As thousands of people gathered outside Emporia for the 43rd Virginia Pork Festival, their safety and security were being guarded by law enforcement officers from several jurisdictions, all working together with the Greensville County Sheriff’s Office to ensure a smooth and successful festival.
Such smoothness doesn’t come without a lot of work behind the scenes, according to Greensville County Sheriff Tim Jarratt.
“It probably takes about six months to coordinate everything,” Jarratt said. “That long to get everything in place, and of course, the final couple of weeks before the festival there’s a whole lot to do.”
Jarratt and his staff coordinated with several area law enforcement agencies, including the Emporia Police Department, Sussex and Surry County Sheriff’s Offices, Emporia Sheriff’s Office, the Virginia State Police and others to ensure there was adequate police presence to protect and control the enormous crowd that filled the Meherrin Ruritan Club grounds for the festival, held under calm and beautiful skies and moderate temperatures Wednesday.
Once officers and deputies arrive for the festival, they have to be sworn in as temporary deputies for the Sheriff’s Office in order to be able to operate fully as law enforcement agents at the festival, Jarratt said, which takes a little time. They are usually then paired with local deputies in order to ensure they don’t have to make court appearances if there are criminal infractions.
Officers and deputies prepare for various types of trouble, including fighting, disburbances, medical issues, and even terrorism.
“You have to prepare,” Jarratt said. “You hope for the best but prepare for the worst.”
The good weather could also have been a mixed blessing, Jarratt said, because moderate temperatures tend to lead to increased consumpton of both food and alcohol, though the Sheriff added there have no major problems at the pork festival for several years.
Considering the size of the crowd and the seriousness of the task of protecting all those people, Jarratt said cooperation between neighboring agencies is essential.
“We could not provide adequate police presence at this event without help from our neighboring agencies,” Jarratt said.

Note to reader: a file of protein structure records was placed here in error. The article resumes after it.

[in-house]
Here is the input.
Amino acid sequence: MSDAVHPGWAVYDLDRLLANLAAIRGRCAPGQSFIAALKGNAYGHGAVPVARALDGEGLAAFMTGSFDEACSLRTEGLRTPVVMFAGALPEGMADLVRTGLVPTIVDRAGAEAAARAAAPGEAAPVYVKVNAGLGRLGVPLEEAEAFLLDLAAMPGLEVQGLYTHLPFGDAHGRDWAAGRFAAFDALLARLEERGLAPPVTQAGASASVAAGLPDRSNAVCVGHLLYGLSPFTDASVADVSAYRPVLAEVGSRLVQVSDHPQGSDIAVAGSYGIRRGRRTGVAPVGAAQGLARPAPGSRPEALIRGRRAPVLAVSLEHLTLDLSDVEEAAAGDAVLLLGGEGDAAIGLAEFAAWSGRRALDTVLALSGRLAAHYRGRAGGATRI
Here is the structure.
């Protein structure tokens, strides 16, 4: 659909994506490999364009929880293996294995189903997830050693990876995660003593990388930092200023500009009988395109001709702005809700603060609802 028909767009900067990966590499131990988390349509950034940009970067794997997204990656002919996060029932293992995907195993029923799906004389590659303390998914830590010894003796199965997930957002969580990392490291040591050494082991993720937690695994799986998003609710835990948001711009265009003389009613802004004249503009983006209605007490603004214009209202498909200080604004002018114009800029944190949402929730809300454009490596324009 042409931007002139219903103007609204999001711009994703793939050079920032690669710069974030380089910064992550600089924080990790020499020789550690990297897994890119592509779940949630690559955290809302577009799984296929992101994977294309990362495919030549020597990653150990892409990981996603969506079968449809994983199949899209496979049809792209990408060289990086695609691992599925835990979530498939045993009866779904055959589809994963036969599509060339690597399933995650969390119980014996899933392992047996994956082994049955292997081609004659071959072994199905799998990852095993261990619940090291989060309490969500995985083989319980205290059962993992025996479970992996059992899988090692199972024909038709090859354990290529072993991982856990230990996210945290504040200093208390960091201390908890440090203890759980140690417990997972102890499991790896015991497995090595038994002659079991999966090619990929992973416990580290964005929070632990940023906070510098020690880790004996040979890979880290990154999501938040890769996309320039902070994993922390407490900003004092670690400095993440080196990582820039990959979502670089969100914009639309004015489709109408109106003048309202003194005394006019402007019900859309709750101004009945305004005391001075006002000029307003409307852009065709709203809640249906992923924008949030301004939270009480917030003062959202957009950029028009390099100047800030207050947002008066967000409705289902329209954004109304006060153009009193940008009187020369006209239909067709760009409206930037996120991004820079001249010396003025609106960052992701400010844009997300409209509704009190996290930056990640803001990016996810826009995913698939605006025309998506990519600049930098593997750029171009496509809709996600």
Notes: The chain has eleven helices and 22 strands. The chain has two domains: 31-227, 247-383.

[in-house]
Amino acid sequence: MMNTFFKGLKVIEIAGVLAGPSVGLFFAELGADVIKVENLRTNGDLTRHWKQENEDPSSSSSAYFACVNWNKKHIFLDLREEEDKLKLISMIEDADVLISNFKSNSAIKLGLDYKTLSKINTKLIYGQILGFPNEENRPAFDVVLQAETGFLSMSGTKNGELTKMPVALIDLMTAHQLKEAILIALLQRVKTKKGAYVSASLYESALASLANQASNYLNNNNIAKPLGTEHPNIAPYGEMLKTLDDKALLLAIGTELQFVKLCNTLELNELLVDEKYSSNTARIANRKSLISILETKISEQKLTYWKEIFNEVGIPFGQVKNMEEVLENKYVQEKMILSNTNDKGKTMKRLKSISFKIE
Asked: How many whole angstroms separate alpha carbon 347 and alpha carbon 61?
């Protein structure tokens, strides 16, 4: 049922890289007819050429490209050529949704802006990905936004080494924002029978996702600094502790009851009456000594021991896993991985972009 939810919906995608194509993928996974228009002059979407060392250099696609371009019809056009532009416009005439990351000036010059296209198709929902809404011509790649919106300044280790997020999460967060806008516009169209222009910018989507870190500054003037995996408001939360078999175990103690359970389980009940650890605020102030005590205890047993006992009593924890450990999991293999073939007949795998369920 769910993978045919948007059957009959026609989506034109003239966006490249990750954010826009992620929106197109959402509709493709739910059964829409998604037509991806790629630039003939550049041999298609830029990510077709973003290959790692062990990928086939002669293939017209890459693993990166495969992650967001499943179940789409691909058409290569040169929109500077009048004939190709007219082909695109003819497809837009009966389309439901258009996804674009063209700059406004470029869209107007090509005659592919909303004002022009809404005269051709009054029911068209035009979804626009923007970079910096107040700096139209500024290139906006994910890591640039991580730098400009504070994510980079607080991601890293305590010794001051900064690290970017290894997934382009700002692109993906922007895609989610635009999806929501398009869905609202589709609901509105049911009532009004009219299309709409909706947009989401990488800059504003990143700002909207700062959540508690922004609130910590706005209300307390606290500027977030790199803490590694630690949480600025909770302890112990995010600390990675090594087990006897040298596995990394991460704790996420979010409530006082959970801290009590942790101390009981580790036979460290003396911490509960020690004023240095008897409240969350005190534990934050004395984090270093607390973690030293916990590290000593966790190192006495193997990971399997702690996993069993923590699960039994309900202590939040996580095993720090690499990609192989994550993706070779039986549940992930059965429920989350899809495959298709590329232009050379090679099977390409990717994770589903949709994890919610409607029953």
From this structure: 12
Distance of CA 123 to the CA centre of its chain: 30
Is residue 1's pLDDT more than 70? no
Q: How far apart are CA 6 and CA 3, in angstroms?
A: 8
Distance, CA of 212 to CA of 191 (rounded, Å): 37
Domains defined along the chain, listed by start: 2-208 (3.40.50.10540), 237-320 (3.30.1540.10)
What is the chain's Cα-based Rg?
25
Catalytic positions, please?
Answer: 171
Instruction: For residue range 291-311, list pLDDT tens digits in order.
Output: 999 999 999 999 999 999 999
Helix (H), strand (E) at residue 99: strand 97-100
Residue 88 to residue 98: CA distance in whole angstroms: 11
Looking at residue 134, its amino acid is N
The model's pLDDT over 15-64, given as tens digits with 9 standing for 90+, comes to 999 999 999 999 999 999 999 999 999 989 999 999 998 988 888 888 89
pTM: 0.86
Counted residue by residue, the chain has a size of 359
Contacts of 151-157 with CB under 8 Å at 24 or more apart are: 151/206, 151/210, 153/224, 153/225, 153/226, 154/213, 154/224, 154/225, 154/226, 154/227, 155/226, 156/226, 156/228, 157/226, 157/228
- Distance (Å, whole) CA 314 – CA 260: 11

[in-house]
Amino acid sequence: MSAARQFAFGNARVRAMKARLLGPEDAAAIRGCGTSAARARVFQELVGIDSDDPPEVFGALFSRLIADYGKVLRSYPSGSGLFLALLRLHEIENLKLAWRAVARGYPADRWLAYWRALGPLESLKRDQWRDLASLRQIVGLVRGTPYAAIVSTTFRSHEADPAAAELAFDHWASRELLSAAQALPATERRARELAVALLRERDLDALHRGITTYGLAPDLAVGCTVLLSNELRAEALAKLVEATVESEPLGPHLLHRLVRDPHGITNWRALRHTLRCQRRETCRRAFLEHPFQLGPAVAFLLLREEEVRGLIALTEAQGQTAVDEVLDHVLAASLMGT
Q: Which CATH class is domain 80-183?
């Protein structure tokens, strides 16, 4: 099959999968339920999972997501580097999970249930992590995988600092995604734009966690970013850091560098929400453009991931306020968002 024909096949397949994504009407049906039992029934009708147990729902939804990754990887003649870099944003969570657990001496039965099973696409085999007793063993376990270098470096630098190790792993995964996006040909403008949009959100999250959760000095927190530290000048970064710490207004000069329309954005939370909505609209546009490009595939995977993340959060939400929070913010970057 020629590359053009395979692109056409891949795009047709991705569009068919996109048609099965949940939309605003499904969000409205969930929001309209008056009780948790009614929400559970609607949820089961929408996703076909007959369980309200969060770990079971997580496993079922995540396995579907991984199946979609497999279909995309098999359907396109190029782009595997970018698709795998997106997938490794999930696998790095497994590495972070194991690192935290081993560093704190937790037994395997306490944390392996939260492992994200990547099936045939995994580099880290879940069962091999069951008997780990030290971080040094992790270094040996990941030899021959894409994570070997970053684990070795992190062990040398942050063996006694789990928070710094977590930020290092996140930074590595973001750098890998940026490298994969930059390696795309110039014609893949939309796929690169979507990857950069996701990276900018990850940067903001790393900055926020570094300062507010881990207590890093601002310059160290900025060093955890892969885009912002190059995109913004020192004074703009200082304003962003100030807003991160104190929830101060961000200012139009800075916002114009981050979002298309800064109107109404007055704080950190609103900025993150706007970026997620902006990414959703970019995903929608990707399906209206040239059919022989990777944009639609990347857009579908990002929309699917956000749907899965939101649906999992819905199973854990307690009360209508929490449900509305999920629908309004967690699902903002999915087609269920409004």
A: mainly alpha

Jarratt added he’s very pleased to be able to say he enjoys good relationships with the agencies who helped with the festival, and was grateful for their support for such a large-scale endeavor.
“The support is great,” Jarratt said. “I feel very blessed to know that we can depend on each other, and we will continue to strive to maintain and strengthen those relationships.”
Emporia Police Chief Ricky Pinksaw agreed with Jarratt’s assessment of the strong bond between the City police and the Sheriff’s Office, and said the festival was an impressive event due in part to the cooperation and coordination of so many different guardians of safety.
“You can’t make it on your own in this day and age,” Pinksaw said. “It’s all about strengthening those bonds for a safe community.
Sussex County Sheriff Raymond Bell said he’s a regular at the Pork Festival and was very happy to help. For him, given his long-standing relationship with the Greensville County Sheriff’s Office, helping out came down to a simple idea.
“They called, we came,” Bell said. “We have always worked well together. That kind of cooperation makes all our communities a whole lot safer.”
Surry County Sheriff’s Office Angie Gainey said she had never attended an event as large as the Pork Festival and was happy to have made the trip to help out.
“I really have enjoyed this,” Gainey said. “It’s a very big event, and I think it’s just awesome.”
Featured Photo: Roger Bell/Sussex-Surry Dispatch
Greensville County Sheriff Tim Jarratt, left, and Sussex County Sheriff Raymond Bell, right, during the 43rd Virginia Pork Festival last week.